of “the current role played by NTIA.”*

*What is the NTIA role for which we (as representatives of the “global
multistakeholder community”) are trying to develop a proposal? The NTIA
role, *as stated above in the NTIA announcement, has 3 components:

*1) to serve as “steward of the DNS;”*

*2) to enter into a contract for operation of “the IANA functions;”*

*3) to enter into a contract for operation of “root zone management
functions” which contract also includes limitations on the fees Verisign
may charge domain name registrants as operator “in perpetuity” of the
market-dominant .COM Registry.*

A lightweight “Contract Co” could quickly “*transition NTIA out of its
role” *as noted above.  I have suggested previously, that “Contract Co”
take the form of a Trust—with members of the Board of Trustees selected by
the “global multistakeholder community.”

The specifics of  ICANN “accountability mechanisms” as expressed in the
CSC/MRT/IAP of the *draft proposal * could (and in my view probably should)
be only outlined generally as requirements that the IANA functions operator
implement in accordance with terms of the IANA contract.

To summarize:  *Should there continue to be an IANA contract counter-party
to ICANN?** Yes* said the CWG-stewardship (RFP 3) draft proposal. Contracts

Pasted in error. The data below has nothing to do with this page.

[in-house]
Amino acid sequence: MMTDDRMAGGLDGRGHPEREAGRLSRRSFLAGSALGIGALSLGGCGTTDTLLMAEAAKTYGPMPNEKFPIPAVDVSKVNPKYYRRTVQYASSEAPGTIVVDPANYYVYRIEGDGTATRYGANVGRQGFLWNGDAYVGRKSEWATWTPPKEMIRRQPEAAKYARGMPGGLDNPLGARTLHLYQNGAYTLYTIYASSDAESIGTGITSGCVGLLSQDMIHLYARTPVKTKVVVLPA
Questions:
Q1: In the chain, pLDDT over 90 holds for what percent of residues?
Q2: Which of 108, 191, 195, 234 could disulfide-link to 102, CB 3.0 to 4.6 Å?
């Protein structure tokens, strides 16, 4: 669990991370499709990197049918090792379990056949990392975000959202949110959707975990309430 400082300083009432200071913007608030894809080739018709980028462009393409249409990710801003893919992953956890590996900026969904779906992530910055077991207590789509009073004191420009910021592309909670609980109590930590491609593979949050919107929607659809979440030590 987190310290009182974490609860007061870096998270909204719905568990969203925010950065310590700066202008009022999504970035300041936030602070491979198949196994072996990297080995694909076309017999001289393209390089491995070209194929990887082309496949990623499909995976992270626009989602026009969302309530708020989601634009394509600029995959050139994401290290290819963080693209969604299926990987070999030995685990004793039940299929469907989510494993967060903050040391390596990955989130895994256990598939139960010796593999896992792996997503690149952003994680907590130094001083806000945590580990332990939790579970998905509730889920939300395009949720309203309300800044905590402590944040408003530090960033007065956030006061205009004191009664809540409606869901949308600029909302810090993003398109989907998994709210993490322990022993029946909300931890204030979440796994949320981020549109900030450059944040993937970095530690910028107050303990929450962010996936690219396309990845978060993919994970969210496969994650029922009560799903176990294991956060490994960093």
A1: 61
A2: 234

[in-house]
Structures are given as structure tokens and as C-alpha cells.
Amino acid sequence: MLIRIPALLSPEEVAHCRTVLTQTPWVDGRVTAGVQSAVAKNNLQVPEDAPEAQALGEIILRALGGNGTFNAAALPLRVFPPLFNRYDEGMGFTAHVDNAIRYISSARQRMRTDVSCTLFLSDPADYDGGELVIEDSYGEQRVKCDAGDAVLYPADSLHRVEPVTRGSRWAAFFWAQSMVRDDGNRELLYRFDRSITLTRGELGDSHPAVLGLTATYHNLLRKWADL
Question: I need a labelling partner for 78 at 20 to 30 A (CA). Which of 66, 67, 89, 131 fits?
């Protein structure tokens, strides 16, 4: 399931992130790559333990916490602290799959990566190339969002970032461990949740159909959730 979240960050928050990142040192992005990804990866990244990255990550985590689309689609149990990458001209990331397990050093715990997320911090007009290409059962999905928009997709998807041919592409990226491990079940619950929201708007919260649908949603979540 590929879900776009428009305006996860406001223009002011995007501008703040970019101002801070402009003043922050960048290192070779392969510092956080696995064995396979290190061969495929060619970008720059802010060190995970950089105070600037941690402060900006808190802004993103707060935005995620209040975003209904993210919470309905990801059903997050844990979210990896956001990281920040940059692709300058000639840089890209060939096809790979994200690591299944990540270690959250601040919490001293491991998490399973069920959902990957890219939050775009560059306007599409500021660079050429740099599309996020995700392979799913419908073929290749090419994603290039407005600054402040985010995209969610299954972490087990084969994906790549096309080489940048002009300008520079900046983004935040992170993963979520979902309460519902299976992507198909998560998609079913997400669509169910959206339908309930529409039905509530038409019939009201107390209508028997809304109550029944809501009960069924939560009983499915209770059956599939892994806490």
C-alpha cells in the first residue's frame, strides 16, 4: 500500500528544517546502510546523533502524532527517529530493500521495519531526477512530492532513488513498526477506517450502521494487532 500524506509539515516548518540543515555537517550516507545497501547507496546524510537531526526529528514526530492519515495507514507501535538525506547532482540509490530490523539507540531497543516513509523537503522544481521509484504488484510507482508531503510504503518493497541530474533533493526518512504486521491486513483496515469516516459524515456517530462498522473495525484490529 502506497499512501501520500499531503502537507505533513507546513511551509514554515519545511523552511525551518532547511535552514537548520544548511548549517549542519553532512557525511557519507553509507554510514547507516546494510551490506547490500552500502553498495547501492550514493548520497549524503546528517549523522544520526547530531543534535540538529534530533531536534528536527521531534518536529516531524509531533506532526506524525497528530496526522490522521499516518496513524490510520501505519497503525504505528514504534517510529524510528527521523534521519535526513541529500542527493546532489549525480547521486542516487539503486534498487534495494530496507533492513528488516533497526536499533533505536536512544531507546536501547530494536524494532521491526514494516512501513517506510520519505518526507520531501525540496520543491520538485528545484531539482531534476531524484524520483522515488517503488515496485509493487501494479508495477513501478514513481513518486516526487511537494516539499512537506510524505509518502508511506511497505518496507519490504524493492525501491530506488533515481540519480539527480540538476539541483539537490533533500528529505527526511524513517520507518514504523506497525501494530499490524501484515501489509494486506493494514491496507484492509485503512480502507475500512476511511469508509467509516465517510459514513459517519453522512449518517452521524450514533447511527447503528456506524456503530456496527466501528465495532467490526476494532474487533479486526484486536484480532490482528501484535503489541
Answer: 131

are a good thing--they hold people, institutions, and corporations
accountable. Accountability is key here, and any internal solution will be
inferior in this regard. The "external solution" may also provide legal
advantages to ICANN in the future (e.g., legal defenses in antitrust
litigation, etc.) that an “internal solution” would not provide and any
"internal solution" might in fact expose ICANN to greater potential
liability in the future.  I also think it is in the global multistakeholder
community's best interests to "disperse authority and control" of the
Internet, with an independent Root Zone Maintainer (Verisign) and other
"multiple points of failure" to avoid having a fragile system with a
"single point of failure" (ICANN) in total control. Finally, the "external
solution"  lessens or even obviates dependency upon CCWG-accountability’s
work. (Personally, I wish the CCWG-accountability group "the best" in
trying to “fix” ICANN, but that committee’s work should *not* impede *replacing
the US government* with an *entity of the global multistakeholder community*,
as soon as possible, in response to NTIA’s announcement of March, 2014.)
Even if CCWG-accountability comes up with WS-1 “fixes,” it will take *years*
to both implement those fixes *and* then be able to judge whether problems
with ICANN accountability have been resolved. Indeed, in the unlikely event